This is the context that matters, not when a line was dropped from DFAT’s website, or the fact that the policy dared to be announced when the Israeli embassy in Canberra was closed.
If the perspective of the occupied and not the occupier is rightly centred, then we can start a different, more constructive and urgent conversation. For example, in her media release on Tuesday, Penny Wong made it clear that Jerusalem’s status will be subject to negotiations between the Palestinian and Israeli state. However, Palestinians should not be forced to negotiate with a colonising power for their land and their inalienable rights.
Placing Palestinians at a negotiating table with clear power imbalances, forcing them to beg for some rights and some land is cruel and dehumanising. In fact, only one day after Penny Wong’s announcement, the UN Special Rapporteur on Palestine declared that “breach of international law should not be subjected to negotiations, as this would legitimise what is illegal… the obligation of cessation of the occupation cannot in any way be conditioned on negotiations.”
This explains why the Australian government cannot reconcile its rhetoric on peace and negotiations with its objection at the ICC and refusal to push for any investigations into Israel for crimes against humanity, including apartheid. It explains why it cannot reconcile its swift and rightful response to Russia’s illegal invasion of Ukraine with its promise to continue to “call out the unfair and disproportionate targeting of Israel in international forums”.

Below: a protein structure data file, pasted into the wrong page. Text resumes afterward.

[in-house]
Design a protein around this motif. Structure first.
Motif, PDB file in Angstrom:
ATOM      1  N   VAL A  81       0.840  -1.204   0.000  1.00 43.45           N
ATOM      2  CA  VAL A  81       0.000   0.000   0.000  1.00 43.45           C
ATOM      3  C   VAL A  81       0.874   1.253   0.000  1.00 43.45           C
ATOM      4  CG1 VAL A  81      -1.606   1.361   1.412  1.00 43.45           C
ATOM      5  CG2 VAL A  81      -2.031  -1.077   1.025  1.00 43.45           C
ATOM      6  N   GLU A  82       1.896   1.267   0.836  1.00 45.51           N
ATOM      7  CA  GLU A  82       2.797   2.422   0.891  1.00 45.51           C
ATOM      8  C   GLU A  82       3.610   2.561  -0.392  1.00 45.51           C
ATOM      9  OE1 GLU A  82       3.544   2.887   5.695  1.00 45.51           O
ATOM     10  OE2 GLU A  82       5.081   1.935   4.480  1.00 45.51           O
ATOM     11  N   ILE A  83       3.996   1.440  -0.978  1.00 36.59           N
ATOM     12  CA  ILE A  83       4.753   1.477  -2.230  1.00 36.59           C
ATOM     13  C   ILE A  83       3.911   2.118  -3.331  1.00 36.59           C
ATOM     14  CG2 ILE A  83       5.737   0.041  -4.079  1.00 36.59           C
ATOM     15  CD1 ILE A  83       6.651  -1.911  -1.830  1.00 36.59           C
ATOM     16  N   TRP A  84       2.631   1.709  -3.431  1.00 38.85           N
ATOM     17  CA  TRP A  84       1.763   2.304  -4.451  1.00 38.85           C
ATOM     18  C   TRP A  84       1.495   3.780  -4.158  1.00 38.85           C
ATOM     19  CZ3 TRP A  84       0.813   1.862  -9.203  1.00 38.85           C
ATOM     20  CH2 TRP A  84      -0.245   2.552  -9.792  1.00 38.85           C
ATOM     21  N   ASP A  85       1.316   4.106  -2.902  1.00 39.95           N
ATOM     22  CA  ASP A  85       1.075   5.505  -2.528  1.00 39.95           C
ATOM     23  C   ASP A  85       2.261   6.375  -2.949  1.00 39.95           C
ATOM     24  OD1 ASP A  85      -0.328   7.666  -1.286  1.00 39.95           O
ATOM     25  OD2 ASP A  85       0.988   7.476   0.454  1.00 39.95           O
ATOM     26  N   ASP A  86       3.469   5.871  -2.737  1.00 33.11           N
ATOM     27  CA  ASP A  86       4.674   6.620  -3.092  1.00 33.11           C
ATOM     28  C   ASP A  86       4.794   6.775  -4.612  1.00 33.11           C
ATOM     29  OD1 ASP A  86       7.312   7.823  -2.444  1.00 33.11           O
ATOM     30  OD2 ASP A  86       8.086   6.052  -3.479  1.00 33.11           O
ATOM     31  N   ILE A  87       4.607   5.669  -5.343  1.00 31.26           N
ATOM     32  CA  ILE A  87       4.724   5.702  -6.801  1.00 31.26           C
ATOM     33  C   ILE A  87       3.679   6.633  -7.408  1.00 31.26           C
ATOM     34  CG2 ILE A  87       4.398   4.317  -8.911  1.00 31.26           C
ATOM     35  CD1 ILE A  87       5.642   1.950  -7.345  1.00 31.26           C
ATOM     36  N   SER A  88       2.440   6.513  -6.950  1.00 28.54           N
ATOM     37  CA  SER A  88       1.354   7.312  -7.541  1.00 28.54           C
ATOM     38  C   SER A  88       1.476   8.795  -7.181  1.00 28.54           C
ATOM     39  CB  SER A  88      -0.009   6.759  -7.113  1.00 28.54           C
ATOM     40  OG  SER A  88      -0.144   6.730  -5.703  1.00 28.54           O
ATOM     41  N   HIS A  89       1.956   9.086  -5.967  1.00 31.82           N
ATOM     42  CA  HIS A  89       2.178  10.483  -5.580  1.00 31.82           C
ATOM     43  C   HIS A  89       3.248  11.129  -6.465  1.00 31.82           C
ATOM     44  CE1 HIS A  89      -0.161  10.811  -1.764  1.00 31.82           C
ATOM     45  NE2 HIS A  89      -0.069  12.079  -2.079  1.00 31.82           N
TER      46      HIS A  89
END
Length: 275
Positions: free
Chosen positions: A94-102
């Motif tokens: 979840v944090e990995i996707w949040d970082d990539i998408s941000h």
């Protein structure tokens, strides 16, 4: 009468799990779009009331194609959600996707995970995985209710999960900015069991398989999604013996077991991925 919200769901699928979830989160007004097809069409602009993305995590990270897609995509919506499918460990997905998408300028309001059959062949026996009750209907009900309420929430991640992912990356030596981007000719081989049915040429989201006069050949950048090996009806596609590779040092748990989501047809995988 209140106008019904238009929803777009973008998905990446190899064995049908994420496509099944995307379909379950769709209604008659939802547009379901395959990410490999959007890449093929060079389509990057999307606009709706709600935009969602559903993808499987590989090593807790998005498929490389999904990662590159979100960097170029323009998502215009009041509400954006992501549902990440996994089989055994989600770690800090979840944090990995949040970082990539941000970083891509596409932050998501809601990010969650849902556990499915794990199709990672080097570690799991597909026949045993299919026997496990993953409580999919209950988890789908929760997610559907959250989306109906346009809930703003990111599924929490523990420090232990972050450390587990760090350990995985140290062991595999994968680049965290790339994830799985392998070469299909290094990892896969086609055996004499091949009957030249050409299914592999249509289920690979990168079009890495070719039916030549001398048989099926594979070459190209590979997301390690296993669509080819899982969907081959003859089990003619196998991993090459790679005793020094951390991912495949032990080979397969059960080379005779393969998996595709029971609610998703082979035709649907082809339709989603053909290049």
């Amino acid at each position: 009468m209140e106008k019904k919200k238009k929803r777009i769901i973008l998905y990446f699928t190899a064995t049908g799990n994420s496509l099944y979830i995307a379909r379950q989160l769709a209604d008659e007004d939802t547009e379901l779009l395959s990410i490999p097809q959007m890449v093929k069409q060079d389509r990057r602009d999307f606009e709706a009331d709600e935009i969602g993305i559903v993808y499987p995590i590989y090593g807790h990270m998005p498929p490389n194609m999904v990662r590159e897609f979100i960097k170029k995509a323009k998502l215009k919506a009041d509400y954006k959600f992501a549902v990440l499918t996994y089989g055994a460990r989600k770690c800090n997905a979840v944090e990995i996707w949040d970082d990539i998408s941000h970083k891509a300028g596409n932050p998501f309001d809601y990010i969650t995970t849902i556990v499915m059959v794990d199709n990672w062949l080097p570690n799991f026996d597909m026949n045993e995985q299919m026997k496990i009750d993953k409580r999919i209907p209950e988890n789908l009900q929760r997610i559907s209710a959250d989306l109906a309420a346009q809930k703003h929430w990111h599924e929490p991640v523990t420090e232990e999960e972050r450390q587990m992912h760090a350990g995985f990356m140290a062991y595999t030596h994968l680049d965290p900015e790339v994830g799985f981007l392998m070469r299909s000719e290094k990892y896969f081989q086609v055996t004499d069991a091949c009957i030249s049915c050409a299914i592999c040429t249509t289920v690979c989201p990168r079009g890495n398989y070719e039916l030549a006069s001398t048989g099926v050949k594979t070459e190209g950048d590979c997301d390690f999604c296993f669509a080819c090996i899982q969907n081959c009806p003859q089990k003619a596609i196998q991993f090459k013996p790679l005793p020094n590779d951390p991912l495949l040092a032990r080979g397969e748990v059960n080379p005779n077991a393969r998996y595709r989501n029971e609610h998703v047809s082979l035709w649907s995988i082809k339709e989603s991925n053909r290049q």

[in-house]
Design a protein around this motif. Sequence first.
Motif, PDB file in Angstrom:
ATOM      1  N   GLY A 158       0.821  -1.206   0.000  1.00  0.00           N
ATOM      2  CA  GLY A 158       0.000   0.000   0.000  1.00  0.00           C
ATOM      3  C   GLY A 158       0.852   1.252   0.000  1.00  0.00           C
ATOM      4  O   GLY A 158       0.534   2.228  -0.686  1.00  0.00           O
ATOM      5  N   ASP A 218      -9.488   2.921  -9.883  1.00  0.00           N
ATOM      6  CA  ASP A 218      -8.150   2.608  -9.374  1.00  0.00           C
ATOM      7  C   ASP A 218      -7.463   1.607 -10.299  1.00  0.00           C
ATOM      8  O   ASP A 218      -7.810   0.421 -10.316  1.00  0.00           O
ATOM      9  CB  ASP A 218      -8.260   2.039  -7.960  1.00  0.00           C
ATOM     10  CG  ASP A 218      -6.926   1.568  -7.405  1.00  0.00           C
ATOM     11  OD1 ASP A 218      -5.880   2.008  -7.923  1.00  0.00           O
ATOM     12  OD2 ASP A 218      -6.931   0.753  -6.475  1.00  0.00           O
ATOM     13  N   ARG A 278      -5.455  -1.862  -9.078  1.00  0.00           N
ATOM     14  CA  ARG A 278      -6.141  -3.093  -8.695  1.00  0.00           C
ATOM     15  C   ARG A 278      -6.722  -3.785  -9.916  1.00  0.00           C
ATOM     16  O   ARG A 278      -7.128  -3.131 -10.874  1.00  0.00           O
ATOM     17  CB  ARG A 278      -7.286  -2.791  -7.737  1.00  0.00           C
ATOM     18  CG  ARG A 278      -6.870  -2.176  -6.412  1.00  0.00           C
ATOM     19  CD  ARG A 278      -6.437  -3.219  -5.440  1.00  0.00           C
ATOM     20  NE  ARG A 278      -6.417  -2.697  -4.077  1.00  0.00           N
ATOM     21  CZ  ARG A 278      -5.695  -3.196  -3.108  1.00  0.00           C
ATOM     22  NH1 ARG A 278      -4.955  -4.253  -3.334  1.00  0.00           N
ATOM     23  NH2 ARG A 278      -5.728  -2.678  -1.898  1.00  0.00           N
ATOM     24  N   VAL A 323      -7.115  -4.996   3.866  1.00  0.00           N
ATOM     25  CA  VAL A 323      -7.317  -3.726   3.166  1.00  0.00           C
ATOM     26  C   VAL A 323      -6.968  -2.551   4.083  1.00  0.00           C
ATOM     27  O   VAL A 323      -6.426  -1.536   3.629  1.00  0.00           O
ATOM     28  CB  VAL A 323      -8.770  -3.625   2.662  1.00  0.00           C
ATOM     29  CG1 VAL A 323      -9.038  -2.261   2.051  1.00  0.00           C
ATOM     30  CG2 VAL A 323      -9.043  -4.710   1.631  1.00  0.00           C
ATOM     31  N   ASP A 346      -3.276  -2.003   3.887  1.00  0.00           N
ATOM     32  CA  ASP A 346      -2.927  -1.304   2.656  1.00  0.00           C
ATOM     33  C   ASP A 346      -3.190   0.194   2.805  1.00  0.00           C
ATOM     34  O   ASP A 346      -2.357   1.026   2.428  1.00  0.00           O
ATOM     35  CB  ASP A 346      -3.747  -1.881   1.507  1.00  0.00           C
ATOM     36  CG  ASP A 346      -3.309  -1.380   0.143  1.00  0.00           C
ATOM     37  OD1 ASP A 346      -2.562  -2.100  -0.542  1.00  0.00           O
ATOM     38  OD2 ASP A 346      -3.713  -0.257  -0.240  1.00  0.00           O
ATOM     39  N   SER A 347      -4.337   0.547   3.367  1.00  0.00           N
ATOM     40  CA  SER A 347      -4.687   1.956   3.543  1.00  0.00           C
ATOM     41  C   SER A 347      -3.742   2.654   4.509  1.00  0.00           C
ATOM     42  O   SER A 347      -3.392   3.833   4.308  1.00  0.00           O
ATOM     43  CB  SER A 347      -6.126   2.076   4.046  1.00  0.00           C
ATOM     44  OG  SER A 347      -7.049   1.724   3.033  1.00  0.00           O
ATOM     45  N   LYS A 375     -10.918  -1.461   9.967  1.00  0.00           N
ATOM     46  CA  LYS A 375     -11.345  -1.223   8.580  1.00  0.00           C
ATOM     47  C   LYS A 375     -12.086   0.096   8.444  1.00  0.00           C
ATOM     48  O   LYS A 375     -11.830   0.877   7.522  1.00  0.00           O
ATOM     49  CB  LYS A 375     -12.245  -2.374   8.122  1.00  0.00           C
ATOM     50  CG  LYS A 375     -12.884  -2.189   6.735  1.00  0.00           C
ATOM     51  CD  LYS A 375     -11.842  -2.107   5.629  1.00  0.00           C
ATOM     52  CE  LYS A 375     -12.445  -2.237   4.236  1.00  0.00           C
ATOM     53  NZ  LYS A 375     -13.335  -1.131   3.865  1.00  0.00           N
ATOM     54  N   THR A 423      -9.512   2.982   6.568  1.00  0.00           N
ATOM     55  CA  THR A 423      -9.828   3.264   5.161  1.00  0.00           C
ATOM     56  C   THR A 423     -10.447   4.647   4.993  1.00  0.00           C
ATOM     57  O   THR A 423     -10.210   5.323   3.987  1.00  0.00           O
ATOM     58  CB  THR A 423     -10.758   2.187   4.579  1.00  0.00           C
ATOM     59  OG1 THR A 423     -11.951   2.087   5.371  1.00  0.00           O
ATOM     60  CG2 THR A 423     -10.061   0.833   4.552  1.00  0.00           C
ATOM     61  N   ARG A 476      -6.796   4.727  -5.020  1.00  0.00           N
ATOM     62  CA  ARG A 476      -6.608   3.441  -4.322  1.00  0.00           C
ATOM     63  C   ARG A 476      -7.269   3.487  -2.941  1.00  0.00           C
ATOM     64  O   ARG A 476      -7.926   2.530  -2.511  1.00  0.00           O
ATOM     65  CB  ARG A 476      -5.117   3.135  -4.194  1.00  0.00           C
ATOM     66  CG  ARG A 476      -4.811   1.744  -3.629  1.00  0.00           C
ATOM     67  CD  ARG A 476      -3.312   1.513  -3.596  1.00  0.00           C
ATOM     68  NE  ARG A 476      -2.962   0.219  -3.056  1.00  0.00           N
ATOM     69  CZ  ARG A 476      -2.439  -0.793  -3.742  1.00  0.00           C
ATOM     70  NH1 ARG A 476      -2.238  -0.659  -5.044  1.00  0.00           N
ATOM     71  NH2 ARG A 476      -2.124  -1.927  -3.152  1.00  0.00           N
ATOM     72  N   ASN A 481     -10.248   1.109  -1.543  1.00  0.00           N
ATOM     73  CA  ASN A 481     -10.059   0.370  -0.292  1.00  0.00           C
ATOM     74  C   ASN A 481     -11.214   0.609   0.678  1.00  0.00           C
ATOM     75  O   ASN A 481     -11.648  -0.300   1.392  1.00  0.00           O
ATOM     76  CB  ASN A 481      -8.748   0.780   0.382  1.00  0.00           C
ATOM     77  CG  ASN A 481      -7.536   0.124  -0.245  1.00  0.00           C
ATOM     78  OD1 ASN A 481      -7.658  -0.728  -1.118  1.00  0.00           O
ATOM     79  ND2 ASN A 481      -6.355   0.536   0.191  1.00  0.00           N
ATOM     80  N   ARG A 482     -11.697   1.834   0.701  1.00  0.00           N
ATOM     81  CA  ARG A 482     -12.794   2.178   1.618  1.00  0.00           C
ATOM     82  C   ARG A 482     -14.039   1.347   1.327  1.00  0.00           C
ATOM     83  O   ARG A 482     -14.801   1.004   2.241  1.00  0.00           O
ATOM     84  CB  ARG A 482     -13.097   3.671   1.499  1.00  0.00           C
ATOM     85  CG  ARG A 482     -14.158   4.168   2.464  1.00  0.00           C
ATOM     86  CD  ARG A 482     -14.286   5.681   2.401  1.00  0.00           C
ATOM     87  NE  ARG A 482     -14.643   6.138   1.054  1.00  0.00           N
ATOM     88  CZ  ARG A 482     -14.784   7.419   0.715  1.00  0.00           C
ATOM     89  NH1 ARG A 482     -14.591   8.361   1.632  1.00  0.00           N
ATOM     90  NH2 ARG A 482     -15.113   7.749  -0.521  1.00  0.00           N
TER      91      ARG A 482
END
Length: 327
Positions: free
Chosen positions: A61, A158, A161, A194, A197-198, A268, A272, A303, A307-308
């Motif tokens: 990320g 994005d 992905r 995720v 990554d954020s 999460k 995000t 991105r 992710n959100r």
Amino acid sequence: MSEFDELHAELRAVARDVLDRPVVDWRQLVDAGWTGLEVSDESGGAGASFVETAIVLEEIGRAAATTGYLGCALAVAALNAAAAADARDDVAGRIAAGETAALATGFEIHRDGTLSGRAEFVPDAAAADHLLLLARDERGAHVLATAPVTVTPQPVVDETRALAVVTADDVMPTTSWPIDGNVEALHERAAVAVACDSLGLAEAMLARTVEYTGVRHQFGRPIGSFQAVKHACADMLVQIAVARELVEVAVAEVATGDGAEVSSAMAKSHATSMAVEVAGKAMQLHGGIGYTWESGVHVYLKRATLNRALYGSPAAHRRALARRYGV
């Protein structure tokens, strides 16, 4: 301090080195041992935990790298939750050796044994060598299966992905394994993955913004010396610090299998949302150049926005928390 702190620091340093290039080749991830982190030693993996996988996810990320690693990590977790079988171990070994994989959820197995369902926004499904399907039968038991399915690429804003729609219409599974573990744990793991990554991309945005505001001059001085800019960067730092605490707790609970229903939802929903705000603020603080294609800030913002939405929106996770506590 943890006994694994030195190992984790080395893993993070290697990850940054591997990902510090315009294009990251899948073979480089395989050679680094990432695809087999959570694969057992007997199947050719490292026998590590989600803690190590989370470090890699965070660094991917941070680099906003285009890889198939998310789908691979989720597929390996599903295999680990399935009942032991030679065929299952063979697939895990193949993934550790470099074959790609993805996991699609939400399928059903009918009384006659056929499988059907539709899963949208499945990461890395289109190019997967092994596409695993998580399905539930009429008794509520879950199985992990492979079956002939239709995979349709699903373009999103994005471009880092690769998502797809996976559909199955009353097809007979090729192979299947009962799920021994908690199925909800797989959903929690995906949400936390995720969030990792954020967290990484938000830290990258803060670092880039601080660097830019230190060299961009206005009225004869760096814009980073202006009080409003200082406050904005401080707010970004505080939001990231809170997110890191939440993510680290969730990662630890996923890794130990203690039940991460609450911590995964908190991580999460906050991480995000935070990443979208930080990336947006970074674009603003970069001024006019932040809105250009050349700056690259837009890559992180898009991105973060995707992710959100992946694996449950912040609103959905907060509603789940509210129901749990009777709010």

A return to the status quo is a return to enabling Israel to continue to act with impunity and for Palestinians to have no meaningful justice in sight. The fact that this is considered a win for Palestinians and caused rage and fury in Israel and local Jewish communities tells us something about what Palestinians are up against and just how hard we have to fight to have our voices heard.
Randa Abdel-Fattah is a DECRA Research Fellow in the Department of Sociology at Macquarie University researching the generational impact of the war on terror on post 9/11 youth and the award winning author of over 11 novels. Follow her on Twitter: @RandaAFattah
Amal Naser is a Palestinian organiser and third-generation refugee. She lives on unceded Bidjigal land. Follow her on Twitter: @amalfalastini
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Opinions expressed in this article remain those of the author and do not necessarily represent those of The New Arab, its editorial board or staff.